CAITLIN. SIMMERS. 🤯 twitter.com/wsl/status/144…
The women’s Semifinals are ON! Watch the US Open of Surfing Huntington Beach pres. by Shiseido LIVE at… twitter.com/i/web/status/1…
EXCITED is an understatement. twitter.com/WSL_QS/status/…
The US Open of Surfing Huntington Beach pres. by Shiseido is ON! Women's one-on-one battles are in the water to det… twitter.com/i/web/status/1…
Keely Andrew grew up as a competitive-natured, Sunshine Coast kid with her sights set on being a professional athlete. Ultimately, deciding which of her favorite sports to pursue was one of her toughest decisions, as she was accomplished in several. But surfing won out and Andrew, who is now a rookie on the Championship Tour, is steadily gaining traction. Slowly but surely, she's making the leap from surviving on tour to thriving on it. Her big win over Carissa Moore on Thursday at the Vans US Open of Surfing is proof, as she advanced to the Quarterfinals for the first time in her young CT career. She's also coming hot off a big QS6000 win in El Salvador.
Heading into the halfway point of the season, we caught up with Andrew to see how she's handling double tour duty, finding balance, and to ask her about the life she's found as a professional surfer.
WSL: You had an array of sports to choose from. How did surfing get the final bid for your career path?
KA: I always knew that I wanted to be a professional athlete, I just didn't know what sport specifically. I competed in pretty much every sport imaginable before I narrowed the list down to tennis and surfing. When I was 16 I finished second in the Australian Junior Surfing Titles and I think at that moment I realized I could take this somewhere.
Surfing has taken Keely Andrew to places she never would've dreamed of going to without it -- Honolua Bay, Maui, is certainly a dream stop for the Australian. - WSL / Kelly Cestari
WSL: Now you're competing on the dream tour. What are some things you're learning as a rookie who's still competing on the QS?
KA: This being my first year doing double duty, I'm still learning every single day what works best for me and what doesn't. I haven't found the best balance but I'm getting close. Having a routine is something that I have definitely been working on. I've realized the importance of having your mind in a good place -- especially for a heat.
Andrew considers herself fortunate to have had a humbled start in competitive surfing and that she didn't have to overcome anything she couldn't handle. - WSL / Ed Sloane
WSL: You had Fox as a major sponsor up until this year. How did you get through that dilemma?
KA: My family has always supported me so to have them during a major sponsorship loss was all I needed. Fox was incredibly supportive of me during my time on the team and even to this day they continue to send me messages of support, which I'm stoked about. Representing a company, you want to do well and impress them so there are expectations and with that comes pressure. It's less stressful for me now but I still have my own expectations.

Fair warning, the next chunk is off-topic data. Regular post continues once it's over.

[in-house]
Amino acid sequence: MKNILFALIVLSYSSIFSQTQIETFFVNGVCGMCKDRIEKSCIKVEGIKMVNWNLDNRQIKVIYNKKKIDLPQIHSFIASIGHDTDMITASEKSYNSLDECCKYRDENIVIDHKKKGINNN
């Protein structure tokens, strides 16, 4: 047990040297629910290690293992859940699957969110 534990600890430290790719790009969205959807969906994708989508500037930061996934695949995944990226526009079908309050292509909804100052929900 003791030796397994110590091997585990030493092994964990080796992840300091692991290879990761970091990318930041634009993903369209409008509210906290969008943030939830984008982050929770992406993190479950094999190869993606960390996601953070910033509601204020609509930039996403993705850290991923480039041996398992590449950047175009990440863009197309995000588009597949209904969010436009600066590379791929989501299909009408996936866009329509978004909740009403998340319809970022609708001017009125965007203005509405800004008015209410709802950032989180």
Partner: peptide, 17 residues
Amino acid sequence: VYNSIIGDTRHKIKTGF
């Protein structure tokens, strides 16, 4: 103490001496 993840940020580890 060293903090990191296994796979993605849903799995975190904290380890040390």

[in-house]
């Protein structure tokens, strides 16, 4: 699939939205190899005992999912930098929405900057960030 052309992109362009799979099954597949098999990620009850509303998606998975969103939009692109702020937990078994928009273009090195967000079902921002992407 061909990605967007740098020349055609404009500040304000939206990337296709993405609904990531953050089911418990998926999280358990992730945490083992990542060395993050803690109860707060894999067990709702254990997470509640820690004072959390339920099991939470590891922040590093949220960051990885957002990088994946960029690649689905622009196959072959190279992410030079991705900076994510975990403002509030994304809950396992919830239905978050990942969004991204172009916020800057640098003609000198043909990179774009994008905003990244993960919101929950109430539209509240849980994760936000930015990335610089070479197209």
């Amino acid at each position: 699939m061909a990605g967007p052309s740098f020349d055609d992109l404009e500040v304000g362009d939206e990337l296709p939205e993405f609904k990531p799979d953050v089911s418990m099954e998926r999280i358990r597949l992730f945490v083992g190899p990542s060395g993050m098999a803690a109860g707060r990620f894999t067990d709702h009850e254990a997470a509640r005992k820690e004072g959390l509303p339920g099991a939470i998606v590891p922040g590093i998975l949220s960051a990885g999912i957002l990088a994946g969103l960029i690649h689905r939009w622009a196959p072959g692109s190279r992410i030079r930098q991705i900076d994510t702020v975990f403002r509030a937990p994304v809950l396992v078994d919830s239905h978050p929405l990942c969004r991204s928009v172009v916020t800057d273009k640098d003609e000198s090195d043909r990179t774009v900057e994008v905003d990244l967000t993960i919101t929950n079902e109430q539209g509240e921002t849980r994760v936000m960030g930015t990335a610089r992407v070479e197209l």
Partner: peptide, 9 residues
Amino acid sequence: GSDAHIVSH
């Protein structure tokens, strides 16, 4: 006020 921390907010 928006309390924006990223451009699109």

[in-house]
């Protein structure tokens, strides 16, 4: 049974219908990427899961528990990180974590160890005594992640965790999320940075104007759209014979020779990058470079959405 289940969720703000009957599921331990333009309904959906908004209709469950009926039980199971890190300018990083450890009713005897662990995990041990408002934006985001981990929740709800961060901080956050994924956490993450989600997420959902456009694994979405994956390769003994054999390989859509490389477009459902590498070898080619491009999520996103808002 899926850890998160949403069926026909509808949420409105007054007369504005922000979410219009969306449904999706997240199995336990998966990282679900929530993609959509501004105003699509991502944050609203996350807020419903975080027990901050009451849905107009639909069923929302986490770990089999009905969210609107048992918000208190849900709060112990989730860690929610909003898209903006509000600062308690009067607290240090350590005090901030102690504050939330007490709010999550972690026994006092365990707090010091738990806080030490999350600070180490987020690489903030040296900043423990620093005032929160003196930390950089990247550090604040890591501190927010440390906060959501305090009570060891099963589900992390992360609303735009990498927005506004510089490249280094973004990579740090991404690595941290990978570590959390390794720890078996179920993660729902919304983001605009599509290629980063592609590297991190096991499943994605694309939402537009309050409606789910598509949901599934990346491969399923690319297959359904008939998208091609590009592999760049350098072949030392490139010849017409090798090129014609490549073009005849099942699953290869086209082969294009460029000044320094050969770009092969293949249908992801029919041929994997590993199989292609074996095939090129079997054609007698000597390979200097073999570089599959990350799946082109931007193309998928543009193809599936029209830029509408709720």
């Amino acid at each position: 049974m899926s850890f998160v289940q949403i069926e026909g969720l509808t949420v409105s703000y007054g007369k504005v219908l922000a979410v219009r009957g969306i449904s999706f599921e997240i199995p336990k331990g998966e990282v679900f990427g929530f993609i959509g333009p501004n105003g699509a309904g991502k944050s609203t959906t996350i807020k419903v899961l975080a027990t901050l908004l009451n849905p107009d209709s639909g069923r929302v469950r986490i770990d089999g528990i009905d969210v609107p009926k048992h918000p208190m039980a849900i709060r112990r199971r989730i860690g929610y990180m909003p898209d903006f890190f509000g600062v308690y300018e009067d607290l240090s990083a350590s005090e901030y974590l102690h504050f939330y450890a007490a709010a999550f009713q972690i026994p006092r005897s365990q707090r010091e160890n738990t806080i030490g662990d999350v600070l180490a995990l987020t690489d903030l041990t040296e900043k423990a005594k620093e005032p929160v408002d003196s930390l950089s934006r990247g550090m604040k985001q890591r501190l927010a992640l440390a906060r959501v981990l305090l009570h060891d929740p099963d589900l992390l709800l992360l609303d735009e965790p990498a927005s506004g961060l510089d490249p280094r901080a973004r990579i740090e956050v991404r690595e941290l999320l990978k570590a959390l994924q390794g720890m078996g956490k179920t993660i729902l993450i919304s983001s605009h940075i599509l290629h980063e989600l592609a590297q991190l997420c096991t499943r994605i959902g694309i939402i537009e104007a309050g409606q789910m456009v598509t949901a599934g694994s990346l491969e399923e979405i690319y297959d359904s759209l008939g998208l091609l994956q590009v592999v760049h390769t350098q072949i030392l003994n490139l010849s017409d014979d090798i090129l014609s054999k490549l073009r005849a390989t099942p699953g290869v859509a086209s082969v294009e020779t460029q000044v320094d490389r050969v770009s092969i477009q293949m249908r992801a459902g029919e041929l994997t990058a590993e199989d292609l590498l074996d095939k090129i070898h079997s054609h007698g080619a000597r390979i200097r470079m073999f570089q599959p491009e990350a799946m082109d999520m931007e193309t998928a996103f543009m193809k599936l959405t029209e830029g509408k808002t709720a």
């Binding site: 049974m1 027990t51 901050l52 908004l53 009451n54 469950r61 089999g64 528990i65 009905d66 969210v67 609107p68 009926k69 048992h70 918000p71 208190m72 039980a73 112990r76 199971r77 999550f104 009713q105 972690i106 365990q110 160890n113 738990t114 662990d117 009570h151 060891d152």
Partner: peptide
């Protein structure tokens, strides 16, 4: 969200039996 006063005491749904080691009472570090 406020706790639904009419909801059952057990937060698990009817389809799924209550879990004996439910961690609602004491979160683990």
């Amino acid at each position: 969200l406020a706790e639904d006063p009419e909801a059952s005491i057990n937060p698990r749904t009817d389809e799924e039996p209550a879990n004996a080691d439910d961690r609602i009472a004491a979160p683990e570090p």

WSL: Nearly every great athlete has a solid support team backing them. Who are your biggest fans and what does it mean to have them behind you?
KA: I'm so incredibly lucky and grateful to have such amazing support at home while I'm away. My entire family and all of my friends always send me messages after every heat. My Sunshine Coast community gets behind me too which is pretty cool. My brothers and dad often send me a lot of feedback on every single heat which I'm stoked about even if it's critical.
My mother and I are really close and to have her there with me through all of the highs and lows is the best thing ever. It always helps to have her with me especially on long trips away from home.
Andrew's competitive attitude and skill-set are backed with a great support system that has helped put her in surfing's elite. - WSL / Kurt Steinmetz
WSL: Last year was your breakthrough on the QS that led to your first qualification for the CT. What was the major turning point for you?
KA: My year didn't start the way I wanted it to so it pretty much felt like it was going to be a throwaway year until my first win in New Zealand for the QS6000. My attitude leading up to the event was that I had nothing to lose. Suddenly I started making heats and eventually won the event. Turns out it wasn't a throwaway year. I'm able to go back and reflect on the events where I've done well and know what it was like to surf through and win the final.
I've envisioned myself winning a world title... as long as I keep growing and gaining more experience it'll all fall into place.
WSL: You're 21, so you still have a lot to look forward to. What are some of your aspirations, both long term and short term?
KA: I've envisioned myself winning a world title. It's not going to happen overnight but as long as I keep growing and gaining more experience it'll all fall into place. This year I want to finish in the top 10 on the CT but if it comes down to the QS I want to be top 6.
Keely Andrew's office view tops nearly every other office view out there. - WSL / Ed Sloane
WSL: What's something you want to work on, both as a surfer and in everyday life?
KA: I want to continue to develop my surfing in different waves and to enjoy everything. I want to take it all in and have fun because I would rather be surfing than working in an office.